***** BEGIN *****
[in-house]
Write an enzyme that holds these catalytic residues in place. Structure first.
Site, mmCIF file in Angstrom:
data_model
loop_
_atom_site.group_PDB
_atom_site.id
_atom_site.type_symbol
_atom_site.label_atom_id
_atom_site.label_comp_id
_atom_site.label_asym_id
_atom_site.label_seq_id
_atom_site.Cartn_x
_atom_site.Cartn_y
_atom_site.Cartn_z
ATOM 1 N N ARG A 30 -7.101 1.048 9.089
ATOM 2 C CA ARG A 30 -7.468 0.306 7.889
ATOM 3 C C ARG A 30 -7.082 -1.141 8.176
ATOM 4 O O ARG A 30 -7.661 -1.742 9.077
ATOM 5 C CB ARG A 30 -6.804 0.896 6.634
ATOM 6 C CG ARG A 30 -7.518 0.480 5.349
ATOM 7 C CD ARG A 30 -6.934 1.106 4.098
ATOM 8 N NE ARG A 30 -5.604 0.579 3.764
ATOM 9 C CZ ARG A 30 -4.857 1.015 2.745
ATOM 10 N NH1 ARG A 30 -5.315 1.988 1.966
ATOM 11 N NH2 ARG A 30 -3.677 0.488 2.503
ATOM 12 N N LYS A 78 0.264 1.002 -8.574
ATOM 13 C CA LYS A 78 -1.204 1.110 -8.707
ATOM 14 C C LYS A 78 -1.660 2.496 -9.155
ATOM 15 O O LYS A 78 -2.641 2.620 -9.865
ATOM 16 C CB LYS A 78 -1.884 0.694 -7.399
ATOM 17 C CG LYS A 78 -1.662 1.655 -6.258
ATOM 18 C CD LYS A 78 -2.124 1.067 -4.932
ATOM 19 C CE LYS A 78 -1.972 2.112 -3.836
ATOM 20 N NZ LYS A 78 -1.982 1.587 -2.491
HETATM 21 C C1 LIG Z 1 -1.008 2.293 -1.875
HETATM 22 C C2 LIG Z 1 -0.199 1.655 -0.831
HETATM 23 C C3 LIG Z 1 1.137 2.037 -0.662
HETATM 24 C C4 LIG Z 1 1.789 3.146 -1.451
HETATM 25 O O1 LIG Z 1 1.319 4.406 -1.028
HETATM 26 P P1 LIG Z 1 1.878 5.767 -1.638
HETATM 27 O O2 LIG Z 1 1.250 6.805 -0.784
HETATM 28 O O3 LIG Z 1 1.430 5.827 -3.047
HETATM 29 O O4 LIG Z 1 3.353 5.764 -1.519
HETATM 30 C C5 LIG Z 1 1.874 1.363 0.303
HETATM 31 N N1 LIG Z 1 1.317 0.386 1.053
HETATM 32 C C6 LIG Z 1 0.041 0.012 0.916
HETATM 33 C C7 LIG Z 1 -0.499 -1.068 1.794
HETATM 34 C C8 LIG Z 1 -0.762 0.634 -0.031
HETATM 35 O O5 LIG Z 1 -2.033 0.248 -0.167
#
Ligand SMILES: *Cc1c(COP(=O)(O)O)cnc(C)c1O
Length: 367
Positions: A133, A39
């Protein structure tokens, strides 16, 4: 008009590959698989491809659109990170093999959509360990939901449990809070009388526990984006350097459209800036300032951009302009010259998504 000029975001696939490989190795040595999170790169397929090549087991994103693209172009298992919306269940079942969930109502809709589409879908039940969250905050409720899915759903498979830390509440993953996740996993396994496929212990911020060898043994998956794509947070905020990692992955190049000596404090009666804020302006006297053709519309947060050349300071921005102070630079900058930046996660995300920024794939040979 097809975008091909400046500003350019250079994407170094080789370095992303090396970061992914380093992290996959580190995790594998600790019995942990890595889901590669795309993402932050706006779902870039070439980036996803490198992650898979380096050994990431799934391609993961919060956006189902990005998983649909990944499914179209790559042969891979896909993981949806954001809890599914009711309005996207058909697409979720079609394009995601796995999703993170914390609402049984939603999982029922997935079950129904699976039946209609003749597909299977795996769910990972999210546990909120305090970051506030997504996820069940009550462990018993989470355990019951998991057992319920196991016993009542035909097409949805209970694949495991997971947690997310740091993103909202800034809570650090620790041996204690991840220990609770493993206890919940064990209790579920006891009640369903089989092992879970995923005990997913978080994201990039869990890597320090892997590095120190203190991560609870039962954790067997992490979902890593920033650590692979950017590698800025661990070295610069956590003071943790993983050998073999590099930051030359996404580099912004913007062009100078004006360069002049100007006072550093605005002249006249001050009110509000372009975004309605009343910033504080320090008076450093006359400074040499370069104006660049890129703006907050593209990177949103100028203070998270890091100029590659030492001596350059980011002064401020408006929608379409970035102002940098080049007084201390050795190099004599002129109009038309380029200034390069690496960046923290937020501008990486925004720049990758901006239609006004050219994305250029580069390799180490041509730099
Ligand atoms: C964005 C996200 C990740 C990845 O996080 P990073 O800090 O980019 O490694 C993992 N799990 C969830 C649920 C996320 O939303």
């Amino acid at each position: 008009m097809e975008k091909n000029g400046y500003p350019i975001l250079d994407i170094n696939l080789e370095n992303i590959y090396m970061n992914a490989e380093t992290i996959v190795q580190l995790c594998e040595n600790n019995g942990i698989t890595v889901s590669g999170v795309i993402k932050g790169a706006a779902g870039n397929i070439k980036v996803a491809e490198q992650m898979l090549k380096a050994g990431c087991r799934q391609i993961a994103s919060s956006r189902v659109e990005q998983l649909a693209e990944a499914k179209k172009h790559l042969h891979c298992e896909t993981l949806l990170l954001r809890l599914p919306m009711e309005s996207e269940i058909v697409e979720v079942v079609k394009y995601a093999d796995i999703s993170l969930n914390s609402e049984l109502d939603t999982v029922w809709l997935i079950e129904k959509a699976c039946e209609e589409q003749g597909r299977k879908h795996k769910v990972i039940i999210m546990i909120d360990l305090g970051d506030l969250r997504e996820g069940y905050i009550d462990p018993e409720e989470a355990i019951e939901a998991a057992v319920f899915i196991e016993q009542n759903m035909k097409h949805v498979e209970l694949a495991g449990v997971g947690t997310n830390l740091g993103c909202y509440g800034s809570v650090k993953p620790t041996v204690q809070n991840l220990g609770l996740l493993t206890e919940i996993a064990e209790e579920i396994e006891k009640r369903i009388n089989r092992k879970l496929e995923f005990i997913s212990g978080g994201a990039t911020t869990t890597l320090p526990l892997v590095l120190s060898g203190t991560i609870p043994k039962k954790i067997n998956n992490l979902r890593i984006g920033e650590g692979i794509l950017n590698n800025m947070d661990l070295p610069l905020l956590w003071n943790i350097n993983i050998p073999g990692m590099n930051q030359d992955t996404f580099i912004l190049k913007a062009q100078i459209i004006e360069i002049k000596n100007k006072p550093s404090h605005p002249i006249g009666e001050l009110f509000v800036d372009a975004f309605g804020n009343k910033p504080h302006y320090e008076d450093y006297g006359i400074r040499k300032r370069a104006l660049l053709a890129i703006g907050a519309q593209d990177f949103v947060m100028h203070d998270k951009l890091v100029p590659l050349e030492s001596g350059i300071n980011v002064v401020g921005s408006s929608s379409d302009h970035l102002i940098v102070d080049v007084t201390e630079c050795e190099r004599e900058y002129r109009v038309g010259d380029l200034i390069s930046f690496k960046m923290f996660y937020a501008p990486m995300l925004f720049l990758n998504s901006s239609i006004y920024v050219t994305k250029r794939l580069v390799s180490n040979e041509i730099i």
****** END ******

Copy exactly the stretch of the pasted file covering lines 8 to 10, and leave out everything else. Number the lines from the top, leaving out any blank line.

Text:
_atom_site.type_symbol
_atom_site.label_atom_id
_atom_site.label_comp_id